States are the Most Powerful Global Actor

1553 Words May 13th, 2013 7 Pages
‘States are the most powerful global actor.’ Discuss.

Although global actors can sometimes have considerable power over states, the extent of this power ultimately depends on the relative power and influence of the state in question. Large developed states, such as the US, are extremely powerful compared to most other global actors and are not often influenced by their actions. However, small and undeveloped states are not always completely powerless. To determine whether states are indeed the most powerful global actors, we must look at the relative powers of trans-national corporations (TNCs), non-government organisations (NGOs) and some of the institutions of global governance.

TNCs have significant power over developing states but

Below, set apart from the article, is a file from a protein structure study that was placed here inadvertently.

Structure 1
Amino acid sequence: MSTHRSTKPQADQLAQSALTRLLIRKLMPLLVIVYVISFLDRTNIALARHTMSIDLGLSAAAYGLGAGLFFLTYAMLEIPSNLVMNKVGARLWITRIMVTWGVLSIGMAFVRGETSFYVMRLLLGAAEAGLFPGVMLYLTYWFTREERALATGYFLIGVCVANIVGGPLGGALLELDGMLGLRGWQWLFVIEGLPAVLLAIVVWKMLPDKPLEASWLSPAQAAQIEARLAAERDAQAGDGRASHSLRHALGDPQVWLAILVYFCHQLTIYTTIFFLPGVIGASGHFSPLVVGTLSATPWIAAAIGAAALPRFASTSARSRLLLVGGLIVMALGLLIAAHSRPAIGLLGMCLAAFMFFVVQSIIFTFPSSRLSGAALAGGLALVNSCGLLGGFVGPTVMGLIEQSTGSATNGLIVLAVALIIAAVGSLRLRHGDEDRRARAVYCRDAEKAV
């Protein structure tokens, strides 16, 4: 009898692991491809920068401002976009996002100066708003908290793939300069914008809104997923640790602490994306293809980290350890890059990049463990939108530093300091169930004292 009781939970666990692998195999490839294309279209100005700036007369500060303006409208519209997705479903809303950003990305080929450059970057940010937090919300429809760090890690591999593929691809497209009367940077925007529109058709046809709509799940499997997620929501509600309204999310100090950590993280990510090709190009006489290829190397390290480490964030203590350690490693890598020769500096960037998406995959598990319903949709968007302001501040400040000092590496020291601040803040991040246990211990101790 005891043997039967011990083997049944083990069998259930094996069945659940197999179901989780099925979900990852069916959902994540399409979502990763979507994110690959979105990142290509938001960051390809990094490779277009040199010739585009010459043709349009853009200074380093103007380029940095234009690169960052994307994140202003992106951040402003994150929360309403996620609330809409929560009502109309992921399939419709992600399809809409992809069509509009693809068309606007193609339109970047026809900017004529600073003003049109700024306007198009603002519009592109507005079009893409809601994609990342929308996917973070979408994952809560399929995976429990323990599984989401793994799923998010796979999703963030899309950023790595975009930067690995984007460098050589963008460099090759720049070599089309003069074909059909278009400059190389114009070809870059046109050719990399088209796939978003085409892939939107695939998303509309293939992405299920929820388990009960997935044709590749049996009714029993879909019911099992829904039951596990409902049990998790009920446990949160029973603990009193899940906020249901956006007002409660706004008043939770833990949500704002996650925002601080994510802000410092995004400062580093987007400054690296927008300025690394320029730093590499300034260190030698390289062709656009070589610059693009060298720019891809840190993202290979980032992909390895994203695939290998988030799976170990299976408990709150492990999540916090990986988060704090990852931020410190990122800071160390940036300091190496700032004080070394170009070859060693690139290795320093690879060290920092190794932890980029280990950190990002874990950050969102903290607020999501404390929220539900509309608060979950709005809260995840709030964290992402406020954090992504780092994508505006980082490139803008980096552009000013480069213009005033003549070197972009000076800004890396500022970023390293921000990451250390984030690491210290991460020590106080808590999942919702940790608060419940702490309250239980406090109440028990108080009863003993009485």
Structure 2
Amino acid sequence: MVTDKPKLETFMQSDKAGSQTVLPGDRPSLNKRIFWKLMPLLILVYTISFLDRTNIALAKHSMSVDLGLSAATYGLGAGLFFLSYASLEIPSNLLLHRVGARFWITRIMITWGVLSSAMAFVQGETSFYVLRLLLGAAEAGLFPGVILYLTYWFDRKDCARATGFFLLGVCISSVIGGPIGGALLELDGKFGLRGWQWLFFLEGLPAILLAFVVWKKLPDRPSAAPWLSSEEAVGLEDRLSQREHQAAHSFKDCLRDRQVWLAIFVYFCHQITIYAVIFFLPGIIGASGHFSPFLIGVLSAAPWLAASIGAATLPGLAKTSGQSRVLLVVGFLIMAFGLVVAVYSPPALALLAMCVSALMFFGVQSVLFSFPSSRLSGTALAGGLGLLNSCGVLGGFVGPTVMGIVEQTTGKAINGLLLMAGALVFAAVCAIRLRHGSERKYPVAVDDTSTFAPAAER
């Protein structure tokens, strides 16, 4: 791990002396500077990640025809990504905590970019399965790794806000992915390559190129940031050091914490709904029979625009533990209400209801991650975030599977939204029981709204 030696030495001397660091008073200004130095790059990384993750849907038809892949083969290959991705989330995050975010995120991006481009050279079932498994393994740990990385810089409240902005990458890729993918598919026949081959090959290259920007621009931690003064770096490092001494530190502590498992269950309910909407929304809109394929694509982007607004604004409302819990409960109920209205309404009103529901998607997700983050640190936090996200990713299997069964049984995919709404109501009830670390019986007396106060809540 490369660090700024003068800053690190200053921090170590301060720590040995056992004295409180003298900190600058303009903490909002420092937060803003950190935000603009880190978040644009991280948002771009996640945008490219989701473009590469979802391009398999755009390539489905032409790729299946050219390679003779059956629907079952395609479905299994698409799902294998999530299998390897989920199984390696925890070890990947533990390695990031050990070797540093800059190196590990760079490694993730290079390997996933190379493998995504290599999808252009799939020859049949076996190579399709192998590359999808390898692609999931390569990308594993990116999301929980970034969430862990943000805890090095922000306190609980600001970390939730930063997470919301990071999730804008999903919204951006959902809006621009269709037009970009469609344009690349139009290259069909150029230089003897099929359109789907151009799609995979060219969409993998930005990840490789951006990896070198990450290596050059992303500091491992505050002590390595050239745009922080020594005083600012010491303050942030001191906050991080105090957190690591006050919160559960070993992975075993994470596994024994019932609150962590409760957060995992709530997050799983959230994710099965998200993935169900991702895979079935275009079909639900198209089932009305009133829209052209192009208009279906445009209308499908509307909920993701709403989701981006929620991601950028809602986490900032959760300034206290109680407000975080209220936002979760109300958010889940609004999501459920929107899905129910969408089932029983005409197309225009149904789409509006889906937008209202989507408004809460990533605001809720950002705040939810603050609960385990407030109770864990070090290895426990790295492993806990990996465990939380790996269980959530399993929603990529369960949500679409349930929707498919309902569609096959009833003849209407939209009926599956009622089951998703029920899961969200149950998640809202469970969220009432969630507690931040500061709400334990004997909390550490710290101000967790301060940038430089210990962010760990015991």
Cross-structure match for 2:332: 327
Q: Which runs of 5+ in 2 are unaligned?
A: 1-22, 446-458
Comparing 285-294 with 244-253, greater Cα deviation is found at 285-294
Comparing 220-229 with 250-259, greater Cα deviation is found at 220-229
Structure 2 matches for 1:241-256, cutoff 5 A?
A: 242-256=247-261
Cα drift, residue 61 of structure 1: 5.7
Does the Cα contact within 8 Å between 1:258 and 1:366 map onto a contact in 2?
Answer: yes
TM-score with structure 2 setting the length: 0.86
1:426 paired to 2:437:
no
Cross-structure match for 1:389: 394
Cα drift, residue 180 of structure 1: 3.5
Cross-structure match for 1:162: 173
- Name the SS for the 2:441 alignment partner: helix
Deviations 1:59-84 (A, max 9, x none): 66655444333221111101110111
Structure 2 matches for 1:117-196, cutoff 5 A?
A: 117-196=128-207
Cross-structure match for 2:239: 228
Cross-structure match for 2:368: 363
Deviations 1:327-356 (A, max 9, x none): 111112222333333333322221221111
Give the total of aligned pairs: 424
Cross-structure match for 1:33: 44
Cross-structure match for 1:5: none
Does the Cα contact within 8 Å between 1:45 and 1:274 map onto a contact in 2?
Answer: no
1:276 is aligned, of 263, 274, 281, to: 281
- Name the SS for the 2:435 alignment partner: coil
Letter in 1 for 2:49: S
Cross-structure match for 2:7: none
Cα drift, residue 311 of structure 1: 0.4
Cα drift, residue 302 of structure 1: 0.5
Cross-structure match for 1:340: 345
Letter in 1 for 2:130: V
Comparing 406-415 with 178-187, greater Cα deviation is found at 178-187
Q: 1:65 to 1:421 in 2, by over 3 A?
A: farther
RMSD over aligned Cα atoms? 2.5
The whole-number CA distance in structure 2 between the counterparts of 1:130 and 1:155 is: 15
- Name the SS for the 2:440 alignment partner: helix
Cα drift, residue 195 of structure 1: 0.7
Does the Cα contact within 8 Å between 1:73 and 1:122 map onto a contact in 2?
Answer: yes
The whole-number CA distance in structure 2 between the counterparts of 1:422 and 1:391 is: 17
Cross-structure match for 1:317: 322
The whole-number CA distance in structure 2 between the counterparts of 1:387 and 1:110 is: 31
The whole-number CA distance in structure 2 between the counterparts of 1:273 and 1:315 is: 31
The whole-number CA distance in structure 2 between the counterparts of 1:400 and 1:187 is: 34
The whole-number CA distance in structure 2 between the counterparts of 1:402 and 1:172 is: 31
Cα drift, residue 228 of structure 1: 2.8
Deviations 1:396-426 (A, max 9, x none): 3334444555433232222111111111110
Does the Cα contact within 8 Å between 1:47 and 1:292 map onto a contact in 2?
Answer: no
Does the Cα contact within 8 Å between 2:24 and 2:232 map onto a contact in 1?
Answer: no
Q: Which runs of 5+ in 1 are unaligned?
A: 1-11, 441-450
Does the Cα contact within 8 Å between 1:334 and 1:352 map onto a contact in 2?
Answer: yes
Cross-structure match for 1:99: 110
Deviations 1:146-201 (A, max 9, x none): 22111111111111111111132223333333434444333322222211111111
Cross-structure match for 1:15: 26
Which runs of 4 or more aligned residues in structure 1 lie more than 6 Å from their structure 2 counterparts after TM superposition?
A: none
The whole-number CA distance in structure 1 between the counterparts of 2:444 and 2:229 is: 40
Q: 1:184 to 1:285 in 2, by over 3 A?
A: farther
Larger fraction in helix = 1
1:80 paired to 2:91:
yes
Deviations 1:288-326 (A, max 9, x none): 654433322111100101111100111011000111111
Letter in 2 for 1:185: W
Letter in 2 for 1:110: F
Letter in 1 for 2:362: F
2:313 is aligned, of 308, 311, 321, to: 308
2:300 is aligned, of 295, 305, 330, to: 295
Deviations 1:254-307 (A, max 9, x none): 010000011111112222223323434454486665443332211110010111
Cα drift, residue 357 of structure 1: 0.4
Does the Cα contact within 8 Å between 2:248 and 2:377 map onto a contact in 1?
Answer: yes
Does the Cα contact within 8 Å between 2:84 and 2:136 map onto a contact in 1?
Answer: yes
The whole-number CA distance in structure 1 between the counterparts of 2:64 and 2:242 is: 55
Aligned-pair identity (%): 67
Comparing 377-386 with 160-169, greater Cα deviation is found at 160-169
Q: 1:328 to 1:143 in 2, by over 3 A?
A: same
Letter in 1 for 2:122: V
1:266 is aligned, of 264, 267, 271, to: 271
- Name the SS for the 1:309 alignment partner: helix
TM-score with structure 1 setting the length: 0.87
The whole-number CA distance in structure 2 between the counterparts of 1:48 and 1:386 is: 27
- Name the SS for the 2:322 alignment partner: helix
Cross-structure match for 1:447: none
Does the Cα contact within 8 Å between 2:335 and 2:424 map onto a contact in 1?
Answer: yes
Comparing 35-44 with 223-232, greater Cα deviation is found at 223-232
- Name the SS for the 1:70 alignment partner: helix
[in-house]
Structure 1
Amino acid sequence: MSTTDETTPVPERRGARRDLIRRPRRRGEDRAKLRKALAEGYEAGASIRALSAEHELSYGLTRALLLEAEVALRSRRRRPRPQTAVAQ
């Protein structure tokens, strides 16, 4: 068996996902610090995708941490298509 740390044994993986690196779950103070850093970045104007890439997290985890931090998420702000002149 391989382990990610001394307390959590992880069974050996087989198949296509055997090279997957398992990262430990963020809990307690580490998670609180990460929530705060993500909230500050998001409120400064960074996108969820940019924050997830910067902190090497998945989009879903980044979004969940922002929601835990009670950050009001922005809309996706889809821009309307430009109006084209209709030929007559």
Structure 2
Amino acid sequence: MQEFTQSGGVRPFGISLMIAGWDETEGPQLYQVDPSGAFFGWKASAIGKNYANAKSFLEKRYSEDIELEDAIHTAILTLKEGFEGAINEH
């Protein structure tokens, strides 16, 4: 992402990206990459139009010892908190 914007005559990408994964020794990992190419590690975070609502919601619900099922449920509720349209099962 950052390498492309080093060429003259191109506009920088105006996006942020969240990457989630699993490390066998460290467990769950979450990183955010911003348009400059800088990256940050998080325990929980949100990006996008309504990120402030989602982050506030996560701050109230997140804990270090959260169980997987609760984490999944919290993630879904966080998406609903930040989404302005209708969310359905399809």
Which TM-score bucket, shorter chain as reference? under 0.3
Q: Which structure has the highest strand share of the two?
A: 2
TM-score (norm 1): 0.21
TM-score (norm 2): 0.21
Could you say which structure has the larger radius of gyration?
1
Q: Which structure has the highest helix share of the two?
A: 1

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The structure and power of the UN Security Council is a major factor regarding how some states are able to exert power over the UN. For example, any permanent member of the UNSC (China, Russia, the US, Britain or France) can veto any resolution proposed as they please. As a result of this we have seen much needed resolutions been dropped due to permanent members vetoing due to national interests. In the case of the conflict in Syria, both resolutions proposed by the UNSC were vetoed by Russia and China as they went against their national interests. In this way, the permanent five members are certainly more powerful than the UN. Furthermore, states sovereignty imposes limits on the extent to which the UN can protect human rights. States sovereignty can also mean that states can refuse to sign international agreements that are seen as against their national interests. For example, the US’s refusal to ratify the Kyoto Protocol. Nevertheless, the UN does exhibit some power over states. It can authorise the use of force or peacekeepers or economic sanctions against states where internal conflict has occurred. For example, in 2006 the UNSC authorised the use of peacekeeping troops in Sudan in response to the conflict in Darfur. Similarly in 2011, the UNSC authorised the use of force to protect civilians against the attacks of the Gaddafi regime. Conclusively, although the UN has the ability to authorise various
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